Understanding Stretch Marks
It is estimated that 70 percent of women and 40 percent of men will experience stretch marks at some point throughout their life. Being such a high number, it is likely that you too may fall victim to stretch marks. While easily identifiable by their red, pink, or white streaking, you may have questions about what stretch marks are, how they happen, and especially, how to get rid of them.
What Are Stretch Marks?
Stretch marks originate in the dermis, the strong, supportive middle layer of the skin that gives the skin its strength and elasticity. Overwhelmed when significantly stretched over a short period of time, the connective fibers in the dermis (like collagen and elastin) become thin and eventually break. As these fibers break, tiny tears develop to aid in the release of the added stress and pressure.
Stretch marks develop in stages. As the skin becomes increasingly thinner, underlying blood vessels become visible, giving way to pink, red, or purple indented clusters, rows, or streaks. Over time, the marks turn white, gray, or silver as the blood vessels contract and only the fat under the skin is visible. Although the dermis attempts repair itself, it tends to lack the smooth appearance that it once had.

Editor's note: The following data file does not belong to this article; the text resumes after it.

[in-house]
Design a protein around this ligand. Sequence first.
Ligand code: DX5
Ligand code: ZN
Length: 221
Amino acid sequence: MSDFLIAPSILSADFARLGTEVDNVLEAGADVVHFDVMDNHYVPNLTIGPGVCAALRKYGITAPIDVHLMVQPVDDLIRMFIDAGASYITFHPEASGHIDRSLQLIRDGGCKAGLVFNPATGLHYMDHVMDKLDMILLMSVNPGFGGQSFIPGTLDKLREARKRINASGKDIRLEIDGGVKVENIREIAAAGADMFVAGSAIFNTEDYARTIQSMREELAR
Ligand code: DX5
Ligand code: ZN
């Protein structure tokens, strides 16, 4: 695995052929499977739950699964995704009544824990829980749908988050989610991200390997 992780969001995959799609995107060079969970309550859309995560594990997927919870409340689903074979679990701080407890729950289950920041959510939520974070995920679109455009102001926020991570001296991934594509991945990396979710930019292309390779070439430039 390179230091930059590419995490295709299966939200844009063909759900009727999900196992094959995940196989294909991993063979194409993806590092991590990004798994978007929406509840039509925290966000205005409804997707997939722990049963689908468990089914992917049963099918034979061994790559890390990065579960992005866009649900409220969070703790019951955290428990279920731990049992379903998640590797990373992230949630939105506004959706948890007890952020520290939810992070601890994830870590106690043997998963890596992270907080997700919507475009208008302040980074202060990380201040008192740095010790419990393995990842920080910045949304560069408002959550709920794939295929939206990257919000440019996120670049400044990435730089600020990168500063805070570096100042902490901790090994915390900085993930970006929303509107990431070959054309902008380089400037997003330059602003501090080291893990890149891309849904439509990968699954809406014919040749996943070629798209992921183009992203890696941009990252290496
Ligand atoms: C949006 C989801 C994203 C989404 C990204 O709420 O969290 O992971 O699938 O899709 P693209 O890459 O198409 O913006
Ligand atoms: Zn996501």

What Causes Stretch Marks?
Stretch marks are the skin’s natural response to the rapid expansion and stretching of the skin. Certain factors that increase the likelihood of developing stretch marks include:
Genetics: Stretch marks run in the family—if a relative of yours has stretch marks, you are likely to be more susceptible to developing them yourself.
Pregnancy: It is believed that upwards of 90 percent of women will develop stretch marks during their pregnancy.
Weight Gain: Stretch marks occur as your skin stretches to accommodate the newly added weight.
Puberty: The skin is not always able to keep up with a growing body. Studies show that 71 percent of teenage girls have stretch marks—most commonly on their hips, thighs, and breasts.
Are Stretch Marks Treatable?
When it comes to the battle against stretch marks, laser treatments, like Palomar’s Lux1540, have shown to be the most effective. A non-ablative fractional laser, Lux1540 enables Dr. Vendetti to target stretch marks in a unique, multi-pronged approach. Working three ways, Lux1540 stimulates collagen, diminishes discoloration, and improves the texture of the skin.
Without proper treatment, it is nearly impossible to fade stretch marks. We are thrilled to be able to offer an effective treatment at our Virginia Beach practice. Please schedule a consultation at Virginia Surgical Arts to learn if laser stretch mark reduction is for you.